Increasing Freshwater Supply through Desalination Driven by Renewable Energy (Lecture by Prof. Alberto TIRAFERRI) - Tokyo College

Increasing Freshwater Supply through Desalination Driven by Renewable Energy (Lecture by Prof. Alberto TIRAFERRI)

2023.05.10 @ 00:24 – 01:24
Increasing Freshwater Supply through Desalination Driven by Renewable Energy (Lecture by Prof. Alberto TIRAFERRI)

Zoom Webinar
Date(s) Tuesday, 13 June 2023, 10:30 am - 12:00 pm

Zoom Webinar (Register here)

Registration Pre-registration required
Language English (Japanese simultaneous translation available)

Climate change, industrial development, and population growth continuously increase the need for freshwater worldwide. Unconventional wastewater and saline sources must be tapped to reduce the stress on natural resources. However, producing freshwater from unconventional streams requires significantly more energy than traditional ways. While energy needs will always be high, innovative methods will rely on renewable energy, reduce the process complexity, and increase the socio-economic feasibility of desalination. This lecture discusses challenges and opportunities of these methods and the water-energy nexus.


Alberto TIRAFERRI (Tokyo College Professor, The University of Tokyo; Associate Professor, Politecnico di Torino)

KURISU Kiyo (Associate Professor, The University of Tokyo)


MINO Takashi (Deputy Director, Tokyo College)

Organized by Tokyo College, The University of Tokyo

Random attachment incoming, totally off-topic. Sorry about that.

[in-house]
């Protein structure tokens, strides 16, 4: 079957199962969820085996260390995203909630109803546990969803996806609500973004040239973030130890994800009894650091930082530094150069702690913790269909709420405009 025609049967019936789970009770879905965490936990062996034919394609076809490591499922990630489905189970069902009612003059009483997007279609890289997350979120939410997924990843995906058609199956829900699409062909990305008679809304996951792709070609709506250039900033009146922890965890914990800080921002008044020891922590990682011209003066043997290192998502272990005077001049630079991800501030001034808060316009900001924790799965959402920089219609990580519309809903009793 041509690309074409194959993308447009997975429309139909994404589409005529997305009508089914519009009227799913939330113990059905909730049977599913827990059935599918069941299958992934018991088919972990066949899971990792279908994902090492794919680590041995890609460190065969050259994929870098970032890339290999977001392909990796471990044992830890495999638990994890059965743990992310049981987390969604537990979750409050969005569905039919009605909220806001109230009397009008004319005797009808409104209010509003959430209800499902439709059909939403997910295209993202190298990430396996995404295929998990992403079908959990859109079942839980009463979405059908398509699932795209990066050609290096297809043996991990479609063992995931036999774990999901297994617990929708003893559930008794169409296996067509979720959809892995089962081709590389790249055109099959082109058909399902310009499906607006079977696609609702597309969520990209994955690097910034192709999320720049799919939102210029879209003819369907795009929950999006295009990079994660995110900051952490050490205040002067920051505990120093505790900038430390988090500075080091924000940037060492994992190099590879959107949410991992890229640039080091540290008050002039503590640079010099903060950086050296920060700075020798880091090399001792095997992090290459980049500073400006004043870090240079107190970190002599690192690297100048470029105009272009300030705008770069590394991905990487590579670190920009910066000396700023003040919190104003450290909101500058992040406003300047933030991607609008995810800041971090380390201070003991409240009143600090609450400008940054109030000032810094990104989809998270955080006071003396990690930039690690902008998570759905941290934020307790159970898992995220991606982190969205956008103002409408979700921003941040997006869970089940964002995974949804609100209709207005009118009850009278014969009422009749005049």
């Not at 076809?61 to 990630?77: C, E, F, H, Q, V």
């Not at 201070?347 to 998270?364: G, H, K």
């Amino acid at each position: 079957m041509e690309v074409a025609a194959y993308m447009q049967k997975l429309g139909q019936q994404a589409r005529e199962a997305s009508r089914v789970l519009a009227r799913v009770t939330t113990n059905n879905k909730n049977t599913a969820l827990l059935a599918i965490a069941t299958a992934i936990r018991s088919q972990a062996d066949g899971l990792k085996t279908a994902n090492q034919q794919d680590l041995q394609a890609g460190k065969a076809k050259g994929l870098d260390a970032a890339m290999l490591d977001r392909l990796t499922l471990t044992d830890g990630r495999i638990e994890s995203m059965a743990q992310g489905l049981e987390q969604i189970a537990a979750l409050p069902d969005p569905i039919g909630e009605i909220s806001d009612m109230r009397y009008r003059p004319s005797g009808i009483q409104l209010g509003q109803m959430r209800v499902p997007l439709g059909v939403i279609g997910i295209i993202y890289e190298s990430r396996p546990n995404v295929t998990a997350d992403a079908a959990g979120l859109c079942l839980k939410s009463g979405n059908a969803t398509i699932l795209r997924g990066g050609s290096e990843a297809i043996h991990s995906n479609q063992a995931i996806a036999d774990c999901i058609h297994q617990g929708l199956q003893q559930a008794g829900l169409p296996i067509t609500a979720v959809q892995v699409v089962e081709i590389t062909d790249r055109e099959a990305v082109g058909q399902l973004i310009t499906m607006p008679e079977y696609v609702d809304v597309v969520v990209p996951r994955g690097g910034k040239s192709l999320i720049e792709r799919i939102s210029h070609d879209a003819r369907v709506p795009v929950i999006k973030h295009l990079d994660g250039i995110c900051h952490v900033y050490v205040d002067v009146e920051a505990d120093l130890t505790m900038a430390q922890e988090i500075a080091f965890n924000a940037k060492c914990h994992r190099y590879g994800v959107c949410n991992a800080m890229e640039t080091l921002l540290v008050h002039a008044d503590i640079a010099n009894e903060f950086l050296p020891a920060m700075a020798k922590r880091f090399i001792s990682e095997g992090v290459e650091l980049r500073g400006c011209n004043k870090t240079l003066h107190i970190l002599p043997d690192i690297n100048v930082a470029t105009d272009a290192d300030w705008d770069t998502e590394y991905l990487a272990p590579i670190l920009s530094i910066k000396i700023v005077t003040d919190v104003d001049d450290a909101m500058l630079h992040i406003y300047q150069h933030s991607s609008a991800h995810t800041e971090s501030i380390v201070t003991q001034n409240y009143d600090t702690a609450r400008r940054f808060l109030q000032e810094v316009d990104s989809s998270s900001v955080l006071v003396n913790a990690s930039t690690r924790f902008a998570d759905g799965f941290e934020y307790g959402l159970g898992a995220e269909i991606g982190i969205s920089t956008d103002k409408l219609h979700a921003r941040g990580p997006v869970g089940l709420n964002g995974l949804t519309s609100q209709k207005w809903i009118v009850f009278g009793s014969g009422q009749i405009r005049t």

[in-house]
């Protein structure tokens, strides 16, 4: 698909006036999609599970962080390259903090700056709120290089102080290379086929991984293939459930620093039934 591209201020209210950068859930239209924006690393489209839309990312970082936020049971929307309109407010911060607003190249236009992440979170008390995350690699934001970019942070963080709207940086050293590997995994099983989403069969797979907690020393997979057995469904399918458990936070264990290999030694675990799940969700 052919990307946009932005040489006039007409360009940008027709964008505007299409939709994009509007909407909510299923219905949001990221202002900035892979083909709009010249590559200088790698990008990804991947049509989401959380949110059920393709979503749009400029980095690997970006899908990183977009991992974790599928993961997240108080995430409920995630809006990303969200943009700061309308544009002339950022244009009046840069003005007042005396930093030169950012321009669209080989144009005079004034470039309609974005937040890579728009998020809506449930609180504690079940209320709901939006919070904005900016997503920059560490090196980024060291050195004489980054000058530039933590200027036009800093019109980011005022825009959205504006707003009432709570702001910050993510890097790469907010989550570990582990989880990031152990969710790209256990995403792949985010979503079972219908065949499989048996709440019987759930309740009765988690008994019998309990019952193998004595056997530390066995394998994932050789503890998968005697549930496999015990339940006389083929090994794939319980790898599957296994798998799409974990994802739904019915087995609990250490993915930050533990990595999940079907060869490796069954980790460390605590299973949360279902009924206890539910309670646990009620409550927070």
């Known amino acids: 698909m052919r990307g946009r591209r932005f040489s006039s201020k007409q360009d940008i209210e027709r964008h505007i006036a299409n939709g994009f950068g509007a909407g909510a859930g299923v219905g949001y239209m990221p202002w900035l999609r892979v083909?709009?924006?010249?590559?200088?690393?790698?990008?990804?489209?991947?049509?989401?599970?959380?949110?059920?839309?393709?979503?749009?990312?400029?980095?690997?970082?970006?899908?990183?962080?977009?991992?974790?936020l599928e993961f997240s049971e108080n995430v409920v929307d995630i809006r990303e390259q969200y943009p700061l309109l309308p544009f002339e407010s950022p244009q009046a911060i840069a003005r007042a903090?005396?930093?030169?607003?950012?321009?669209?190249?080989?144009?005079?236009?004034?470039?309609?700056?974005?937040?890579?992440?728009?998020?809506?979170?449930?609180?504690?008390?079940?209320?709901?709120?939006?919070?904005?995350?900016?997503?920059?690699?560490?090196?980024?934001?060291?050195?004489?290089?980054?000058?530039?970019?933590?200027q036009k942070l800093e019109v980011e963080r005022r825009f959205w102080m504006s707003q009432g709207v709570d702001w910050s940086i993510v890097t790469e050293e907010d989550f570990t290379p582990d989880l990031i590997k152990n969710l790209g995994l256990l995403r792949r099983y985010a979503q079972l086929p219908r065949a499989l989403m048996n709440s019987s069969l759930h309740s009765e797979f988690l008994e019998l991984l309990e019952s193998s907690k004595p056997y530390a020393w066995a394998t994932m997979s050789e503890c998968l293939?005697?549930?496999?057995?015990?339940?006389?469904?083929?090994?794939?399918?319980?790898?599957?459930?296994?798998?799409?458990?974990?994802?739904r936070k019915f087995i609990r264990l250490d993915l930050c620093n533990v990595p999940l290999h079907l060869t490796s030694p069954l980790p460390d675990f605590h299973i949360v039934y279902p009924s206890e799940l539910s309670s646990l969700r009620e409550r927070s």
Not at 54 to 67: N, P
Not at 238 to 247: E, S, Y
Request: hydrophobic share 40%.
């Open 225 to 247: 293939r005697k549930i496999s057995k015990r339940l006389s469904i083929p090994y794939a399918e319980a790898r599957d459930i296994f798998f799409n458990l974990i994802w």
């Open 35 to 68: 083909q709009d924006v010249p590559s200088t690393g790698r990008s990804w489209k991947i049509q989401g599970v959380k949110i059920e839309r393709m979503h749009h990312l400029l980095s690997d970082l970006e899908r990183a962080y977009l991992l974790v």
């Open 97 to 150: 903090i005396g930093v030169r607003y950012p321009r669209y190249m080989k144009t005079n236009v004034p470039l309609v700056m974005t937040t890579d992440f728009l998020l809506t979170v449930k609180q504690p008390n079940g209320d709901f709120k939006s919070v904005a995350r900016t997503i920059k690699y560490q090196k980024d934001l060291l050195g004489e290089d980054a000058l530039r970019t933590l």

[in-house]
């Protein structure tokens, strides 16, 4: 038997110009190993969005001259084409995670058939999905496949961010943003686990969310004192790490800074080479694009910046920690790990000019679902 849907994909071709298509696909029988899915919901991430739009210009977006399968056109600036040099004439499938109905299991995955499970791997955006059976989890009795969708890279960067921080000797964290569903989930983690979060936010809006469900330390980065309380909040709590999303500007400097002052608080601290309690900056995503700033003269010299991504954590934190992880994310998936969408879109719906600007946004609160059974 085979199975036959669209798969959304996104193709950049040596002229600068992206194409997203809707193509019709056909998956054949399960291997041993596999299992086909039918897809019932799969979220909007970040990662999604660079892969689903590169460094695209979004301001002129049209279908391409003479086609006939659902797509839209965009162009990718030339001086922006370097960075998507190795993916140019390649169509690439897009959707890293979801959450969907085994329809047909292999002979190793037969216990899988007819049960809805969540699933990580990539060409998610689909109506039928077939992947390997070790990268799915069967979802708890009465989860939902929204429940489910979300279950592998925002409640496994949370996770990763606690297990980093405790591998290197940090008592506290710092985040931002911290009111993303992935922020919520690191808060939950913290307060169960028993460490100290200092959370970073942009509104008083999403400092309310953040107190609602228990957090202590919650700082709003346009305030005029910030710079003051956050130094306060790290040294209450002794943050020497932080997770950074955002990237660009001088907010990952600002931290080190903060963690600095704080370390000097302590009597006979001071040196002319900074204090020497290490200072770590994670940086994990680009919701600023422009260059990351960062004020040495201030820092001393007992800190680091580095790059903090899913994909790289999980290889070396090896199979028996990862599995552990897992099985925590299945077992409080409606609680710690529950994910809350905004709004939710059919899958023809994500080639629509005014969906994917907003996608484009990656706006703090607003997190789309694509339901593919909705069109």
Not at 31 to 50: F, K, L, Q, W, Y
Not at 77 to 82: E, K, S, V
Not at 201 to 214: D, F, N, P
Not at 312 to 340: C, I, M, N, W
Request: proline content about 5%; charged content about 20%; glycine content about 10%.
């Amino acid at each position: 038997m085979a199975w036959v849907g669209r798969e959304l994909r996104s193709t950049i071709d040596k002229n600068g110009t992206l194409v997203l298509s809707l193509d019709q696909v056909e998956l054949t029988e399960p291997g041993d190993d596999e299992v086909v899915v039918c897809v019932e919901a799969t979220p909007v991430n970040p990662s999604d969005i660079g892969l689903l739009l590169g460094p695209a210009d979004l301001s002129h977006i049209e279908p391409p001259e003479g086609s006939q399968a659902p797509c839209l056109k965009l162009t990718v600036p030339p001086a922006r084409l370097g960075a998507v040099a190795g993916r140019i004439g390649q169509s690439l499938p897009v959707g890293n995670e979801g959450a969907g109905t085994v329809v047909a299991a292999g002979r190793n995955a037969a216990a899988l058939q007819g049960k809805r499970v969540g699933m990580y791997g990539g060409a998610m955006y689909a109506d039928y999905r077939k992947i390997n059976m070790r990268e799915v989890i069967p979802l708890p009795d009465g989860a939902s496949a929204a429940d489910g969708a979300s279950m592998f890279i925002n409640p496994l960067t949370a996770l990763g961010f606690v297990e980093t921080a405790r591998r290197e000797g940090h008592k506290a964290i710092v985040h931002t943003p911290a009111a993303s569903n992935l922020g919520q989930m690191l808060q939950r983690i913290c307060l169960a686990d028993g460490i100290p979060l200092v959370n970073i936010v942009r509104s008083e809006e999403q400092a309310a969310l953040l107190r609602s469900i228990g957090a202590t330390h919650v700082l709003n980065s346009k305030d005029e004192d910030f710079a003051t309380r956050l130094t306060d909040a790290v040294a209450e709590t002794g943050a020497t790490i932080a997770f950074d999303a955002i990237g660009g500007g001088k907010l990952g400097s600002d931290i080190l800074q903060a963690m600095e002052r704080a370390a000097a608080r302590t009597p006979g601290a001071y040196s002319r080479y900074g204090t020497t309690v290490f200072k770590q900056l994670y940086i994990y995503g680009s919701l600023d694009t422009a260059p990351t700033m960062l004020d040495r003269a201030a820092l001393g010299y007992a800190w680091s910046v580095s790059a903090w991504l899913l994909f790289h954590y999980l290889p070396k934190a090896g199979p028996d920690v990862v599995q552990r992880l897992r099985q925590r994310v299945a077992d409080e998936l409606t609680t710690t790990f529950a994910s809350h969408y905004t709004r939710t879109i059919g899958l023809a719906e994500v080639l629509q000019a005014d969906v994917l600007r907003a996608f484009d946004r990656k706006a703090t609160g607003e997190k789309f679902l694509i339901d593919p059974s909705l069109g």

Upcoming Events

Central Banks in the 21st Century (Lecture by Prof. Luiz Awazu PEREIRA DA SILVA)


Wednesday, May 29th, 2024, 15:00-16:30 JST

Central banks, and central bankers, stand at a crossroads. They face five major forks in the 21st century requiring careful reflection: (1) the re-emergence of inflation and uncertainties; (2) climate change; (3) inequality; (4) digital financial innovation; and (5) artificial intelligence. Modern central banks have always strengthened their analytical thinking when facing challenges in the past, balancing risks properly and choosing the best path. Now, these new issues imply that central banks will have to carefully identify and analyze their challenging implications.

Family-run Medical Institutions in Japan (Lecture by Prof. Roger GOODMAN)


Thursday, 30 May 2024, 14:00-15:30 JST

Around 80% of all hospitals and around 90% of clinics in Japan are private. Of these private institutions in total, up to 75% are family-run. This lecture sets out to fill a puzzling gap in the literature by describing the development and significance of dōzoku keiei iryō hōjin in the context of how the health system as a whole operates in Japan.

The Future of Globalization: A History (Lecture by Bill EMMOTT)


Tuesday, 4 June 2024, 16:00-17:30 JST

We are in an era in which globalization -- the connection of countries through trade, finance and ideas -- appears to be in retreat, as geopolitical tensions force governments to prioritize economic security and to try to "de-risk". Yet this is not the first time when globalization has been said to be reversing. By looking into history, we can understand what factors will truly determine the future course of globalization.

The Salon ー Conversations with Prominent Professors at the University of Tokyo (Season 2)


Every Friday from June 7, 2024 (Available from 17:00 JST)

“The Salon” is a dialogue series featuring distinguished scholars in the humanities at the University of Tokyo that aims to transcend disciplinary boundaries. It is hosted by Professor Naoko Shimazu of Tokyo College.The conversations occur over a cup of coffee. We invite you to listen to an informal discussion between experts in different fields, as if you are sitting next to them.This is a chance to see a new side of our guests that you have never seen before.